Part of the debate – in the House of Lords at 10:38 am on 4th October 2001.
My Lords, I am very grateful for the support given by both party Leaders. I was particularly grateful for the very generous remarks of the noble Lord, Lord Strathclyde. I believe that everyone who was able to hear the Prime Minister's speech at Brighton, whether in the hall or on television, genuinely considered, without any question of partisan politics, that, as a country, we were extremely fortunate to have a national leader of that quality in these very harsh times. He is, of course, entirely supported by a wholly united Government.
A number of detailed questions were raised, and I shall trespass on your Lordships' time because I believe that they are too important not to be answered as fully as possible. The noble Lord, Lord Strathclyde, as, I believe, did the noble Baroness, made the point that Parliament must be fully informed, engaged and consulted. I agree entirely with that. I have no doubt that it was right to have been recalled on these two occasions. We are a parliamentary democracy. That is why, if I may say so without appearing patronising, we are better than Afghanistan. It is important to remember that. I hope that your Lordships will not find me derelict in doing all that I can to keep this House fully informed within the sensible parameters which both the noble Lord and the noble Baroness recognised. I repeat that, on a Privy Council basis, the leaders of both Opposition parties in the House of Commons have been fully briefed.
The noble Lord, Lord Strathclyde, inquired about having a Home Office international development debate. I shall certainly give attention to that through the usual channels, as he would expect. He also inquired about our aims during these times. I know that the Statement was lengthy and full of material so I shall repeat the part of it which says,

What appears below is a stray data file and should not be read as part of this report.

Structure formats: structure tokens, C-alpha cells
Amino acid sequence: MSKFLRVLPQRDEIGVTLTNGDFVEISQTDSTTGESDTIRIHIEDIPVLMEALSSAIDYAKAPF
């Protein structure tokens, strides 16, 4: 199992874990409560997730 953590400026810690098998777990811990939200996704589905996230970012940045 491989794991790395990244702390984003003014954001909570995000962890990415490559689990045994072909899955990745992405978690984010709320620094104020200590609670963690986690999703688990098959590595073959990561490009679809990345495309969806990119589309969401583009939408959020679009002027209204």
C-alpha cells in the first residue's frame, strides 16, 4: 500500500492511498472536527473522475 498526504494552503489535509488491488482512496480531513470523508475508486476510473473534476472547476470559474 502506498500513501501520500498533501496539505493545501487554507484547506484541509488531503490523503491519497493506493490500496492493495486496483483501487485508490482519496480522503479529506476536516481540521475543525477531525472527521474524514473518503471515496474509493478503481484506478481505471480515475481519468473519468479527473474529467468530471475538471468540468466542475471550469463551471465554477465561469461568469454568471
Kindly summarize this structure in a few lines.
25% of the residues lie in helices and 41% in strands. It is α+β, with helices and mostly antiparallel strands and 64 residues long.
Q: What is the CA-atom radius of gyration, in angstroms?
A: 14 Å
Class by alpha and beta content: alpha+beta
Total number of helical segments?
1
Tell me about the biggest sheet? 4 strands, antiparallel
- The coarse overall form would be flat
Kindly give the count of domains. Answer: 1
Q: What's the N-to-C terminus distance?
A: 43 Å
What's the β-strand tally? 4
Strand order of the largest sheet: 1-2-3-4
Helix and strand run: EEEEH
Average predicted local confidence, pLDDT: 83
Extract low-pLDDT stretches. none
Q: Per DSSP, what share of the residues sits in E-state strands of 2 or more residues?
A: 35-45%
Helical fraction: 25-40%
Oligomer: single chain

"our immediate objectives are clear. We must bring bin Laden and other Al'Qaeda leaders to justice and eliminate the terrorist threat they pose . . . If the Taliban regime will not comply with that objective, we must bring about change in that regime to ensure that Afghanistan's links to international terrorism are broken".
I cannot put our aims more clearly or more succinctly than that.
The noble Lord, Lord Strathclyde, asked about Cabinet committees. I know that COBRA met last night at six o'clock. Obviously, all matters necessarily appropriate to the security of our country and people are kept under constant review, as the House would expect.
The noble Lord and the noble Baroness, Lady Williams, inquired about the humanitarian aspect of the work upon which we are engaged. The Prime Minister said quite unambiguously, and I am happy to repeat on his behalf just as clearly, that he regards the humanitarian effort of which we are rightly in the vanguard as being just as important as the other objectives that I mentioned a few moments ago.
Questions were asked about the freezing of bank accounts. I am sorry to say that in the context that the noble Baroness mentioned, my experience--that is, my vicarious experience--is that £63 million hardly begins to scratch the surface. Whether in my previous incarnation or my present one, I have always been of the opinion that we do not do sufficient to follow the money. I believe that everyone who has had anything to do with the prosecution of crime is of that view. To poach on the lawful patch of the Attorney-General, I say that we have not equipped ourselves with sufficient determination, sufficient intelligent reflection or sufficient weapons to attack what we all know is a vast subterranean industry that extends world-wide and which deals in billions, not the £63 million that was mentioned. The Pashtany bankers had six accounts frozen, the Banke Millie had 11 accounts frozen, the Da Afghanistan Bank had 13 accounts frozen, Ariana Airlines had two accounts frozen and Khalid Al-Fawwaz had one account frozen; that totals £63 million. I stress that that is hardly a beginning.